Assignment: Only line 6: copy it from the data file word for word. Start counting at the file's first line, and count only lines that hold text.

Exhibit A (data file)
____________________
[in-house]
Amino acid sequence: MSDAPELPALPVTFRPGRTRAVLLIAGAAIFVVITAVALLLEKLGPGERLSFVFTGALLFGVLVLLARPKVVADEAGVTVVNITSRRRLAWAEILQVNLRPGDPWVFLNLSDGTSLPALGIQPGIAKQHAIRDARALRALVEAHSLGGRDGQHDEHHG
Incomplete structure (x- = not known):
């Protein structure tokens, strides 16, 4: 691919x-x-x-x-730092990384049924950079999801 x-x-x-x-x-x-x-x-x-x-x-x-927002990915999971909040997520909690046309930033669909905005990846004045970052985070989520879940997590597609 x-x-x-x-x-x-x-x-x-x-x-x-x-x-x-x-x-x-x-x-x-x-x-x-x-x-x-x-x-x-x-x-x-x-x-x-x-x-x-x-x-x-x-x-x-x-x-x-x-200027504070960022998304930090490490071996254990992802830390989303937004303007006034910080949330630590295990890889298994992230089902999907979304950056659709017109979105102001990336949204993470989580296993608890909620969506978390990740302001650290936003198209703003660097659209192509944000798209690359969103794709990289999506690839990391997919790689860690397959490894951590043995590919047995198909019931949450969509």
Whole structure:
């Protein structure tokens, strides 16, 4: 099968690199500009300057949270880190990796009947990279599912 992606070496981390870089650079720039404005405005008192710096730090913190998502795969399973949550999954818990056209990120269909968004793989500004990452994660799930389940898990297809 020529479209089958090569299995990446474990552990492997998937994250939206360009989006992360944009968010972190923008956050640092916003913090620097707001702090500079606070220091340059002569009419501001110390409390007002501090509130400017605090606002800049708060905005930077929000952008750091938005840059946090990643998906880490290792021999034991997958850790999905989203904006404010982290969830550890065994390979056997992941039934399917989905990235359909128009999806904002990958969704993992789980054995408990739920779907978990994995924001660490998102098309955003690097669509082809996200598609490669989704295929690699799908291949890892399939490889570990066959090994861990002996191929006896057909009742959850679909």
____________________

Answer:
């Protein structure tokens, strides 16, 4: 099968690199500009300057949270880190990796009947990279599912 992606070496981390870089650079720039404005405005008192710096730090913190998502795969399973949550999954818990056209990120269909968004793989500004990452994660799930389940898990297809 020529479209089958090569299995990446474990552990492997998937994250939206360009989006992360944009968010972190923008956050640092916003913090620097707001702090500079606070220091340059002569009419501001110390409390007002501090509130400017605090606002800049708060905005930077929000952008750091938005840059946090990643998906880490290792021999034991997958850790999905989203904006404010982290969830550890065994390979056997992941039934399917989905990235359909128009999806904002990958969704993992789980054995408990739920779907978990994995924001660490998102098309955003690097669509082809996200598609490669989704295929690699799908291949890892399939490889570990066959090994861990002996191929006896057909009742959850679909």